(5) The Commission has considered ESMA's technical advice in carrying out its assessment, and has taken into account the regulatory developments that have taken place since then. The Commission has made a comparative analysis of the legal, supervisory and enforcement requirements applicable in Australia. It also assessed the outcome of those requirements and their adequacy to mitigate the risks arising from OTC derivative contracts not cleared by a CCP in a manner considered equivalent to the outcome of the requirements laid down in Regulation (EU) No 648/2012.
(6) The legal, supervisory and enforcement arrangements applicable in Australia for transactions on non-centrally cleared derivative contracts are set out in Prudential Standard CPS 226 of the Australian Prudential Regulation Authority (‘APRA’) adopted under section 11AF of the Banking Act 1959 (Banking Act), section 32 of the Insurance Act 1973 (Insurance Act), section 230A of the Life Insurance Act 1995 (Life Insurance Act) and section 34C of the Superannuation Industry (Supervision) Act 1993 (SIS Act). APRA’s mandate is to ensure the safety and soundness of prudentially regulated financial institutions so that they meet their financial commitments to depositors, policyholders and fund members within a stable, efficient and competitive financial system. Prudential Standard CPS 226 requires an entity covered by those rules to have appropriate margining and risk mitigation practices in relation to non-centrally cleared derivatives. That Prudential Standard applies to institutions in the banking, general insurance, life insurance and superannuation industries, subject to certain thresholds. Prudential Standard CPS 226 entered into force on 1 March 2017. Some of its requirements are subject to a phase-in in accordance with the international framework and aligned with the existing phase-in in Commission Delegated Regulation (EU) 2016/2251.
(7) Prudential Standard CPS 226 applies to non-centrally cleared derivatives, with the exception of foreign-exchange contracts with a maturity of less than three days. The definition of non-centrally cleared derivatives in Prudential Standard CPS 226 is broader than that of OTC derivatives provided for in Article 2 of Regulation (EU) No 648/2012. Paragraph 9(g) of Prudential Standard CPS 226 defines ‘derivative’ as either a derivative within the meaning of Chapter 7 of the Corporations Act 2001, or an arrangement that is a forward, swap or option, or any combination of those things, in relation to one or more commodities. Equivalence should therefore be recognised with respect to OTC derivatives that are subject to margins under paragraph 9(g) of Prudential Standard CPS 226.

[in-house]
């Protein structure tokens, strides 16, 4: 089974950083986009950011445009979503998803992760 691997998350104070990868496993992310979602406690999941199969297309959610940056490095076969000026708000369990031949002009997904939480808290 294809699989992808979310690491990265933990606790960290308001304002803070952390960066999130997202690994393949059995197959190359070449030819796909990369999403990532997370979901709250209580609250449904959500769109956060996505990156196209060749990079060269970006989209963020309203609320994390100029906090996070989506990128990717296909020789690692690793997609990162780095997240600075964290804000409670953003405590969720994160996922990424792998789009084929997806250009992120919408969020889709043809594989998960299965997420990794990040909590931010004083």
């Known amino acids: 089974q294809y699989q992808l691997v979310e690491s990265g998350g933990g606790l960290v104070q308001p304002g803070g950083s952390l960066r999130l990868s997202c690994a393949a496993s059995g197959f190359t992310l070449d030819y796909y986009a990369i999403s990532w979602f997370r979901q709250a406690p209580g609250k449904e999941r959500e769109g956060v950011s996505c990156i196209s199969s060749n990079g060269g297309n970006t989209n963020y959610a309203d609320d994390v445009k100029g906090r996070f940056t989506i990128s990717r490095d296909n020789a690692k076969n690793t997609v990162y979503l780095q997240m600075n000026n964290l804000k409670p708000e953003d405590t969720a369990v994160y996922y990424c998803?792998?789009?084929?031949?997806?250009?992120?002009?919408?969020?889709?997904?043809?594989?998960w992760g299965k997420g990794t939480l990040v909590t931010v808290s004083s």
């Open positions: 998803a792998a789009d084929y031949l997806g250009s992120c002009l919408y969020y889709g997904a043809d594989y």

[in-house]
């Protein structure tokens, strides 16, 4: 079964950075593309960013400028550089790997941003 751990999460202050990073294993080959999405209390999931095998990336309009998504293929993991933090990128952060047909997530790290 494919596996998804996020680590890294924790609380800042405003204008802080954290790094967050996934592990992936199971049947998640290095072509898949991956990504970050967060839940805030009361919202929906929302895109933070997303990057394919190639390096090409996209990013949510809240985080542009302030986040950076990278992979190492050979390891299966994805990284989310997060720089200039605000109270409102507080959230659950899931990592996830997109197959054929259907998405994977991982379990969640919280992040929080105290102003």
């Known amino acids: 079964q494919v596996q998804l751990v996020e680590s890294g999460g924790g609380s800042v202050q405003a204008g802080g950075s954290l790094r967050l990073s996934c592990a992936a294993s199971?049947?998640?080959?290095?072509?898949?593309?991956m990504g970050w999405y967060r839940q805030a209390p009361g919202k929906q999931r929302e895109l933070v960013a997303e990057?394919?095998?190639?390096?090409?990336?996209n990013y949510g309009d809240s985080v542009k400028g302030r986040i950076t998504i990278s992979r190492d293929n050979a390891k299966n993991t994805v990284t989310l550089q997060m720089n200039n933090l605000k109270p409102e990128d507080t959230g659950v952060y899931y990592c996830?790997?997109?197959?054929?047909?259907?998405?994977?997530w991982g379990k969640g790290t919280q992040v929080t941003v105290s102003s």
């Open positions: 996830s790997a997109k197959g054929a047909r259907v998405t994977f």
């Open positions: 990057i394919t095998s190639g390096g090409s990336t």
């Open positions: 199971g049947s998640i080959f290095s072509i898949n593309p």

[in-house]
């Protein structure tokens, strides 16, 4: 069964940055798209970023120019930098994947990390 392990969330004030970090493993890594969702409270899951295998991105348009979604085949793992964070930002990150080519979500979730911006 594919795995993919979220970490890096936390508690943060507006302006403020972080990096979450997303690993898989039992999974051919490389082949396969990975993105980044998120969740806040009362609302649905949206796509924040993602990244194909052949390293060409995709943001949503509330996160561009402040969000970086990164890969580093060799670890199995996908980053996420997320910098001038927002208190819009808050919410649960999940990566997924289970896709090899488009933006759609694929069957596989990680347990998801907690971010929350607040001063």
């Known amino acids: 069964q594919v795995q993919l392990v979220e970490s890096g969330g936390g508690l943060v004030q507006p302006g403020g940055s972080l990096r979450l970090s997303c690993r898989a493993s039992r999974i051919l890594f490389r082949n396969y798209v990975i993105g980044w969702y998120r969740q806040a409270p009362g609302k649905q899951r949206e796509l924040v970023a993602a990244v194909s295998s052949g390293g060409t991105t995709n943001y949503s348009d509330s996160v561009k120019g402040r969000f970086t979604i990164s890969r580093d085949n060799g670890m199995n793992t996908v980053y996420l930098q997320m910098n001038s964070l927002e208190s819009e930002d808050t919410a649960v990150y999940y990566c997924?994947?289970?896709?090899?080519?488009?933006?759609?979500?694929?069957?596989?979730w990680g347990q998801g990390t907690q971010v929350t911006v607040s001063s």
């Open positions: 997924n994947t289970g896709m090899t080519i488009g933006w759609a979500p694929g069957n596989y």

(8) Prudential Standard CPS 226 generally applies to transactions in non-centrally cleared derivatives conducted between ‘APRA covered entities’ and ‘covered counterparties’. ‘APRA covered entities’ are authorised deposit-taking institutions (ADIs), including foreign ADIs, and non-operating holding companies authorised under the Banking Act, general insurers, including Category C insurers, non-operating holding companies authorised under the Insurance Act, and parent entities of Level 2 insurance groups, life companies including friendly societies and eligible foreign life insurance companies (EFLICs), and non-operating holding companies registered under the Life Insurance Act and registrable superannuation entity under the SIS Act in respect of their business operations. The definition of ‘covered counterparties’ broadly corresponds to the definition of ‘financial counterparty’ in Article 2(8) of Regulation (EU) No 648/2012 while excluding in a similar manner special purpose vehicles where the transaction is conducted for the sole purpose of hedging. The definition of ‘covered counterparties’ does not take into consideration the jurisdictional location of the counterparty as long as there is no doubt as to the enforceability of the netting agreement upon insolvency or bankruptcy of the counterparty or where collateral arrangements are not questionable and are legally enforceable upon default of the counterparty
(9) In accordance with paragraph 11 of Prudential Standard CPS 226, obligations to exchange variation margin are only applicable to counterparties to a transaction where the amount of non-centrally cleared derivatives of both counterparties exceeds, on an aggregated and consolidated basis, a de minimis threshold of AUD 3 billion. No such threshold exists under Regulation (EU) No 648/2012. Recognition of equivalence should therefore be conditional on the exchange of variation margin between counterparties subject to Article 11 of Regulation (EU) No 648/2012 and APRA covered entities.